(CNN) -- The PGA Tour has issued a denial over reports that American golfer Dustin Johnson is serving a suspension for failing a drugs test.
World No.16 Johnson said Thursday that he would be taking a break from the sport to seek "professional help" to improve his mental health.
It ruled him out of next week's PGA Championship at Valhalla and the Ryder Cup at Gleneagles in Scotland, where he was expected to be a key member of the United States team.
In the aftermath of his announcement, a published report on Golf.com made a series of allegations about his use of recreational drugs and claimed he had actually been banned from the Tour after testing positive for cocaine.
In response, the PGA Tour issued a statement on its website.
"With regard to media reports that Dustin Johnson has been been suspended by the PGA Tour, this is to clarify that Mr. Johnson has taken a voluntary leave of absence and is not under a suspension from the PGA Tour," the statement read.
Johnson, who finished 12th at the British Open last month, paired on the final day with eventual winner Rory McIlroy, did not specify the exact length of his absence from golf in the statement released by his management company.
"I am taking a leave of absence from professional golf, effective immediately. I will use this time to seek professional help for personal challenges I have faced," it read.
"By committing the time and resources necessary to improve my mental health, physical well-being and emotional foundation, I am confident that I will be better equipped to fulfill my potential and become a consistent champion."
THE PGA of America, which runs the PGA Championship and the U.S. Ryder Cup team, later confirmed his withdrawal from those to events.
Reacting to the announcement Friday, U.S. Ryder Cup captain Tom Watson told the PGA website: "We will certainly miss Dustin Johnson at Gleneagles, and we wish him the best.
"As one of the longest hitters in the game with an undefeated record of 3-0 at Medinah in 2012, he has clearly been an asset for the United States team. That said, the United States is a team with an abundance of talent."
Tiger Woods added to his captain's words. "I'll tell you what, with his power, you always want guys with that kind of power to play on any team. I've been his partner in the Presidents Cup in Australia, and the fire power that he has, it's pretty cool to be around," said the 14-time major winner.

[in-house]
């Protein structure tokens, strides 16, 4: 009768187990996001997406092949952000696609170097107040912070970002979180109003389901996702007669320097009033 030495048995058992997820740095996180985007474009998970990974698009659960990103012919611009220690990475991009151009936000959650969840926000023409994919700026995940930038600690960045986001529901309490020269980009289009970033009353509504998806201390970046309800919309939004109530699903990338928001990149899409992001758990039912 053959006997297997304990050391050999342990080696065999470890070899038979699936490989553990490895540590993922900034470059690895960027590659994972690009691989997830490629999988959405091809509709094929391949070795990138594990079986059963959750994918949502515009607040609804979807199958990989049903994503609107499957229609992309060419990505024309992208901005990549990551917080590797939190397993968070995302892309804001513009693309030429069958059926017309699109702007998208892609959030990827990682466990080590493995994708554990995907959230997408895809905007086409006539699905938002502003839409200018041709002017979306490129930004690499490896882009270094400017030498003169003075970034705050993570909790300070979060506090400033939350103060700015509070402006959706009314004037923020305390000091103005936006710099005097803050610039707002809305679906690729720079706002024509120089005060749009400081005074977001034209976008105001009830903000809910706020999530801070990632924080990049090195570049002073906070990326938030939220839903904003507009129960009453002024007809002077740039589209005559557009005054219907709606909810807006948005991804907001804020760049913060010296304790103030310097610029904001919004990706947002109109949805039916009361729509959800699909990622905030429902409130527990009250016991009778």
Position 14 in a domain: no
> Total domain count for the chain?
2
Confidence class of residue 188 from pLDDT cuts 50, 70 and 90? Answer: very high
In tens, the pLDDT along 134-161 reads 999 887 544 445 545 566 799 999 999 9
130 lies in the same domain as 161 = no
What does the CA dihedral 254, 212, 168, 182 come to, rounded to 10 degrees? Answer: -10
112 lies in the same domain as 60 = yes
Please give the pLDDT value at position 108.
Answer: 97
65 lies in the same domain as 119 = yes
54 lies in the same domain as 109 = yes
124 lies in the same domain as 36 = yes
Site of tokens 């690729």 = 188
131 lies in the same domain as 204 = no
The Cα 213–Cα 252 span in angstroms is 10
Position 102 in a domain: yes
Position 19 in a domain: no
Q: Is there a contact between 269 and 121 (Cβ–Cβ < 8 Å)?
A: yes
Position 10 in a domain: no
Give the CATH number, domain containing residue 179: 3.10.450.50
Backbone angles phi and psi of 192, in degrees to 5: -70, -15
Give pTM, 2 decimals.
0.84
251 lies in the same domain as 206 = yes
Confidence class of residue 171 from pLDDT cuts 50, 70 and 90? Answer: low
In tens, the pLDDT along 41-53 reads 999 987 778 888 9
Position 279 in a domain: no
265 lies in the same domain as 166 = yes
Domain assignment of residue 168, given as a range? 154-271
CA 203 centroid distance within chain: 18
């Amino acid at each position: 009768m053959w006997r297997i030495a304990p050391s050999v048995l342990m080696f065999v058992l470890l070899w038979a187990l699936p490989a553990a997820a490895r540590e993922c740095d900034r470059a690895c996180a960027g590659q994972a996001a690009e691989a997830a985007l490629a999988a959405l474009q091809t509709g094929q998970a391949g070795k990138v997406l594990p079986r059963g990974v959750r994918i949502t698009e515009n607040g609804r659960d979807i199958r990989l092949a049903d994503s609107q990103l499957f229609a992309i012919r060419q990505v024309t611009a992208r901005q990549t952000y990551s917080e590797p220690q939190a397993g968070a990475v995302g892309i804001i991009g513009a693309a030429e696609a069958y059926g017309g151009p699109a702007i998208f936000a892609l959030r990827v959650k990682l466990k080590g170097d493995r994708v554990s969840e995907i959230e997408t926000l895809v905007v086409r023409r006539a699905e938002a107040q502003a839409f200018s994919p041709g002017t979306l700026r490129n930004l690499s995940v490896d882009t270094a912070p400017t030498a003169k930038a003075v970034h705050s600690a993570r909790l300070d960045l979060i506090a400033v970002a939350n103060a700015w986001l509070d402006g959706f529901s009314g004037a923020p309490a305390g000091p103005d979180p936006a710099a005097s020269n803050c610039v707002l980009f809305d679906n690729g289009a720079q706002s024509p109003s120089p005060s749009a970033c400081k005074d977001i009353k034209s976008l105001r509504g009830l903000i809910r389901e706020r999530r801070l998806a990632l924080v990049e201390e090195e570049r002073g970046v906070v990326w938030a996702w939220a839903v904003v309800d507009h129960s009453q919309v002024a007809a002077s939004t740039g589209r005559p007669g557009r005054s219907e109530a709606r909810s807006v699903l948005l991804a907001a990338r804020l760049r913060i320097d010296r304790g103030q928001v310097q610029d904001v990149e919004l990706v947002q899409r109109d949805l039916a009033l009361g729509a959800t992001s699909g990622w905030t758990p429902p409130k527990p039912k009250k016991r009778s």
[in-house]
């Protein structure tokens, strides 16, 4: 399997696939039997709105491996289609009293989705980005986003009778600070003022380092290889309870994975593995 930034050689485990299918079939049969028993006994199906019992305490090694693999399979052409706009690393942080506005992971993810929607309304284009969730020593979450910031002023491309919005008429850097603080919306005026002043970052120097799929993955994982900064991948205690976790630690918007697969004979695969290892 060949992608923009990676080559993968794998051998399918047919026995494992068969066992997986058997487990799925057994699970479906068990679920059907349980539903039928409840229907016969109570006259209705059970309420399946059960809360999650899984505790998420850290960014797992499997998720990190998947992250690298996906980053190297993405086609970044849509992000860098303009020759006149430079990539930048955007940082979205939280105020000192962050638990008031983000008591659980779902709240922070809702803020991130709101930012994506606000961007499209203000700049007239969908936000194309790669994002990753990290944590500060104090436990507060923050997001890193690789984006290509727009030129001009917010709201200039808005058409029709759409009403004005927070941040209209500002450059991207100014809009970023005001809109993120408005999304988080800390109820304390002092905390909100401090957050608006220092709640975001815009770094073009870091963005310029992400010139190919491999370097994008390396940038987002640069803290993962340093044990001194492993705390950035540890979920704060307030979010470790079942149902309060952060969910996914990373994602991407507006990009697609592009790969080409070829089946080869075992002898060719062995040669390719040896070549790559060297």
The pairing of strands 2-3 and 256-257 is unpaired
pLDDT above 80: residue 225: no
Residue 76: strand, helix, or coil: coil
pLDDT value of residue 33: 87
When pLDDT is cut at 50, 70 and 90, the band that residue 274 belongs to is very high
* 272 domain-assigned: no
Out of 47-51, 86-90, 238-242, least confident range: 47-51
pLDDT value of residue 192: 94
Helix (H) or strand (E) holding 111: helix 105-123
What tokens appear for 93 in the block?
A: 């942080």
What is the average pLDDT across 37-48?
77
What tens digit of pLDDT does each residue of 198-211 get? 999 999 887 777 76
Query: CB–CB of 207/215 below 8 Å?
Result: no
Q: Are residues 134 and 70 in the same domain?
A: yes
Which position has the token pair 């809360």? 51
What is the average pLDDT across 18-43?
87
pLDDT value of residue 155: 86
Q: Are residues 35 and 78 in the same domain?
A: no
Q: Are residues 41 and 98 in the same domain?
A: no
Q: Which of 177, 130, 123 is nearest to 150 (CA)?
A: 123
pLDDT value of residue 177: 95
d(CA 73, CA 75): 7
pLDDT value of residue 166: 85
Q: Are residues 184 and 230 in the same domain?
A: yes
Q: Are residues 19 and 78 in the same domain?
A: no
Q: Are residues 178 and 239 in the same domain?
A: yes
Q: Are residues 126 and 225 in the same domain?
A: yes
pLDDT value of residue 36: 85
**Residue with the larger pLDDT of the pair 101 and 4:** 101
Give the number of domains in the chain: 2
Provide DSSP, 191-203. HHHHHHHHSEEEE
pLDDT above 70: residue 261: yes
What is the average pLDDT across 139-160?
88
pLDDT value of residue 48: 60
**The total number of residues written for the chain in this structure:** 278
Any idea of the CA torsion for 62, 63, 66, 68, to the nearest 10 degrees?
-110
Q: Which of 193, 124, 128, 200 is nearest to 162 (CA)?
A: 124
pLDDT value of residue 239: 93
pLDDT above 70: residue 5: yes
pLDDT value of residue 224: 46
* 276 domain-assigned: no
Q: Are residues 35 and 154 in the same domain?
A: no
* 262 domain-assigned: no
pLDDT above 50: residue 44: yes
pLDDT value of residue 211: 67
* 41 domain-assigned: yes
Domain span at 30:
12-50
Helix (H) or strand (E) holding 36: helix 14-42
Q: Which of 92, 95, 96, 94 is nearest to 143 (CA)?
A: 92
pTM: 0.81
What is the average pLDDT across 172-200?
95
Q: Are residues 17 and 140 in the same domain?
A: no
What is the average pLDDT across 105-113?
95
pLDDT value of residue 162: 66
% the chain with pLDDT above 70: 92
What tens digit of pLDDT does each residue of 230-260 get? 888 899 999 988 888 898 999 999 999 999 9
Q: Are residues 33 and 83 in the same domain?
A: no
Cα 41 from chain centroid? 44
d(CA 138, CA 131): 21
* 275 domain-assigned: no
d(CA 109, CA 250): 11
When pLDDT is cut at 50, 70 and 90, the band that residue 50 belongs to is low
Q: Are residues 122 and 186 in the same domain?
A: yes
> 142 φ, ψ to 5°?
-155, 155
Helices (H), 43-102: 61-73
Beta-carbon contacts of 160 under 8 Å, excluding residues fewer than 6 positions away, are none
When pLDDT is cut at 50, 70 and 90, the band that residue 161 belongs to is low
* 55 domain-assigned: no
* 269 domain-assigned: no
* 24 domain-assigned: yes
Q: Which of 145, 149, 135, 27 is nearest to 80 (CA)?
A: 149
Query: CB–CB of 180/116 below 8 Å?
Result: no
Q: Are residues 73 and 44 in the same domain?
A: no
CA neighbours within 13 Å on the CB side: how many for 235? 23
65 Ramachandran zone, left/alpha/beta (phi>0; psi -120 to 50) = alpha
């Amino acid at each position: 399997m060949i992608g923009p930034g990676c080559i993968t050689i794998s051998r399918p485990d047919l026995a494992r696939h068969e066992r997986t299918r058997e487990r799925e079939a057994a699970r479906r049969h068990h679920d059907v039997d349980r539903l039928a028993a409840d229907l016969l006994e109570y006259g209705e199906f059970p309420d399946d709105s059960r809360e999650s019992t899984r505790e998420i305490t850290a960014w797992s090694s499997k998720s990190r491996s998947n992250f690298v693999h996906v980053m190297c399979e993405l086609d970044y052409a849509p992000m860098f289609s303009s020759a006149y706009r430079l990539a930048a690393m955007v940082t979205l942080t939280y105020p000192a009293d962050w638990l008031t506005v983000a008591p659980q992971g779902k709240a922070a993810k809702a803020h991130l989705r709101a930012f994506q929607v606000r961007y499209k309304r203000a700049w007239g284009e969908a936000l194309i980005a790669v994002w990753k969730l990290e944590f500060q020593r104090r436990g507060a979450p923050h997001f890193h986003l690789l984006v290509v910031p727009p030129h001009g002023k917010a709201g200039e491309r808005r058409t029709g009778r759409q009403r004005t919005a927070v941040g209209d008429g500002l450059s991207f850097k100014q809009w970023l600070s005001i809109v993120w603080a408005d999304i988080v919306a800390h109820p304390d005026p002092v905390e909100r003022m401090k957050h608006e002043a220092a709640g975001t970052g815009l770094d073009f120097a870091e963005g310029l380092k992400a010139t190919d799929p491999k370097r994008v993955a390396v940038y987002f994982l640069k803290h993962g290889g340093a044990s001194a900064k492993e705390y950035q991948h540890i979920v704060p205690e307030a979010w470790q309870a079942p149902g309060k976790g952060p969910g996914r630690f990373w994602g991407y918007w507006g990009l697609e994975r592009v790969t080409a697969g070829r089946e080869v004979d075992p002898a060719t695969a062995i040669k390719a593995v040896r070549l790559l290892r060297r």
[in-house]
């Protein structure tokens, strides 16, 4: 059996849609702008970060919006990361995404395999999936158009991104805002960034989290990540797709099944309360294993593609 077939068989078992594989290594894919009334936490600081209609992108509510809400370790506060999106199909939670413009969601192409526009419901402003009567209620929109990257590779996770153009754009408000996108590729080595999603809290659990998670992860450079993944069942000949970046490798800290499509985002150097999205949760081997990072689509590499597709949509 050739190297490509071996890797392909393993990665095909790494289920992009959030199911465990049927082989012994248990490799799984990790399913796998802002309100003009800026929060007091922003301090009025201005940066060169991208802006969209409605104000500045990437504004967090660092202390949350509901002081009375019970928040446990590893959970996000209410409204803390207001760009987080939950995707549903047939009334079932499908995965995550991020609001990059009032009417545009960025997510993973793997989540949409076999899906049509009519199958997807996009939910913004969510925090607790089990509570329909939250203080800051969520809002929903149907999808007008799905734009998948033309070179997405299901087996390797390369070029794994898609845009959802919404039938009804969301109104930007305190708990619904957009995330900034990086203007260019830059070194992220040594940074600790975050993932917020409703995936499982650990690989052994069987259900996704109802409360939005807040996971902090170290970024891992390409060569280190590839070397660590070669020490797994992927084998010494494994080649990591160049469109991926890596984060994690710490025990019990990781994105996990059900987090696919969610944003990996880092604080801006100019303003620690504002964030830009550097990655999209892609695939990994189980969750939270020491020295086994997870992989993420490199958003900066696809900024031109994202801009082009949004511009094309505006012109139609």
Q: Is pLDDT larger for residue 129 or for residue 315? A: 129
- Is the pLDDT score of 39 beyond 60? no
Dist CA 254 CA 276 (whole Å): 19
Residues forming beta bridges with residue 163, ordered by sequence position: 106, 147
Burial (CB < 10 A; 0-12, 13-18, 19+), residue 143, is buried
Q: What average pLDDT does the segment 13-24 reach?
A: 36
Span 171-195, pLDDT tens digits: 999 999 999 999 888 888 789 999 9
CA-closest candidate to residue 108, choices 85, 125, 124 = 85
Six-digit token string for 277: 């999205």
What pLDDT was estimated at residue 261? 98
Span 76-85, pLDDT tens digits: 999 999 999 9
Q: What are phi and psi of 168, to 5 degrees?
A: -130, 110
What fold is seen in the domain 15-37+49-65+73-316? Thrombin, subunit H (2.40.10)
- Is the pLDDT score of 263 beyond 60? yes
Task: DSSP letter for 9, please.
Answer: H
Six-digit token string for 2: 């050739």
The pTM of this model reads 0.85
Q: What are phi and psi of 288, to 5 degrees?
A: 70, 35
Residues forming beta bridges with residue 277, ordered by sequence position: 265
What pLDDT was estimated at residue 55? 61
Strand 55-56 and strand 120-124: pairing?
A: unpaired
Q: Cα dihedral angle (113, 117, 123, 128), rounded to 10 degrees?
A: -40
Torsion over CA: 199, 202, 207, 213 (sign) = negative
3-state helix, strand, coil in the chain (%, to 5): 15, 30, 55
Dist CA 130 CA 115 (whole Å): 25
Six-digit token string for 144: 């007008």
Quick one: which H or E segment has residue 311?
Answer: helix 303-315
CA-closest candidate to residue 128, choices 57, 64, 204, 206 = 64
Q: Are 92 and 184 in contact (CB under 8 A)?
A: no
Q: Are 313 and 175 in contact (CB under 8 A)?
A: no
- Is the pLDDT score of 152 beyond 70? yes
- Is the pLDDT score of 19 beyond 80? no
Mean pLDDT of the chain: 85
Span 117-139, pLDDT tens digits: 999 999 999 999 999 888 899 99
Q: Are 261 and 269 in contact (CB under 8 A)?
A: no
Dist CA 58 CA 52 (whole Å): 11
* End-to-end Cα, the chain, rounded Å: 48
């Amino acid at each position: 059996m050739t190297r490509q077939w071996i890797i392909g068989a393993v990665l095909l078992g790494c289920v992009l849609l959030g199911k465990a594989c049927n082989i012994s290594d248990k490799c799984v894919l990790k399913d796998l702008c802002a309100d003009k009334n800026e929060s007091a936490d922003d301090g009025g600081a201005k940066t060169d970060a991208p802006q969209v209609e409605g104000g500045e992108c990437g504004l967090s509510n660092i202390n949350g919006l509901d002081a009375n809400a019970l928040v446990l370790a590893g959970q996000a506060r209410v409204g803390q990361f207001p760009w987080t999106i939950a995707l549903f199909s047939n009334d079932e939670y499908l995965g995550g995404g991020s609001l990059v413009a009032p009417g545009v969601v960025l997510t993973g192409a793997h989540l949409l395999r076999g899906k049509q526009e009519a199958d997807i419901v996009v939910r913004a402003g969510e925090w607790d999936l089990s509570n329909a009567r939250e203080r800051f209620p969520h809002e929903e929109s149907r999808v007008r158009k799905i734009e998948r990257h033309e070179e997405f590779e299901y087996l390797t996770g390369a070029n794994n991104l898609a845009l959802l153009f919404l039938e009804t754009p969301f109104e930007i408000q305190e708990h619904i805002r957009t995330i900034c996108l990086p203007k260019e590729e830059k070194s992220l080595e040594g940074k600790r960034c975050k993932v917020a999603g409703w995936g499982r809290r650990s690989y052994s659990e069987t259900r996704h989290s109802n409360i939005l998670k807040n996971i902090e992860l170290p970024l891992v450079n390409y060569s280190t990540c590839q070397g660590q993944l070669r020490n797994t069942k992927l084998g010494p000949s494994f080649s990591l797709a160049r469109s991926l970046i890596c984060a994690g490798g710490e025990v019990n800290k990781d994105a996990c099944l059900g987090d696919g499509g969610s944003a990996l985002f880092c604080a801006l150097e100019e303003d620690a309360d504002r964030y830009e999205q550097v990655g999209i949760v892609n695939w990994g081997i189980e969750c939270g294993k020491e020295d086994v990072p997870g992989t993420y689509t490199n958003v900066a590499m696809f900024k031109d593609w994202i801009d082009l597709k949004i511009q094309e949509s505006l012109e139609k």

"It's not too often you see a guy carry the ball 320 (yards) without even trying, and then when he steps on it he can hit it even further. When he gets it going, it's awfully impressive."
Johnson, who is currently ranked fifth in the standings of U.S. golfers would have almost certainly been an automatic pick for the Ryder Cup.
The 30-year-old has won eight titles on the PGA Tour and is highly regarded by fans and fellow professionals for his big hitting game.
Former U.S. Open champion and European Ryder Cup opponent Justin Rose also passed on his regards to his friend and colleague.
"I just wish him well, whatever he's facing right now," Rose said in quotes carried by UK news agency, the Press Association.
"(It) can't be easy for him. I wish him all the best. He's a friend of mine (but I) didn't really know that that was on the cards."
Johnson rounded off his statement by requesting privacy in the months ahead as he begins his time off.
"I respectfully ask my fans, well-wishers and the media for privacy as I embark upon this mission of self-improvement," he said.
Johnson had earlier pulled out of this week's WGC-Bridgestone International at Firestone GC, Ohio, citing "personal reasons."
That tournament was being led by Sergio Garcia after a third round 67, which was interrupted by thunderstorms.
On 14-under, the Spaniard was three clear of McIlroy, who is playing his first event since his British Open triumph.
Defending champion Tiger Woods again struggled with a two-over-par 72 for one-over with a round to go.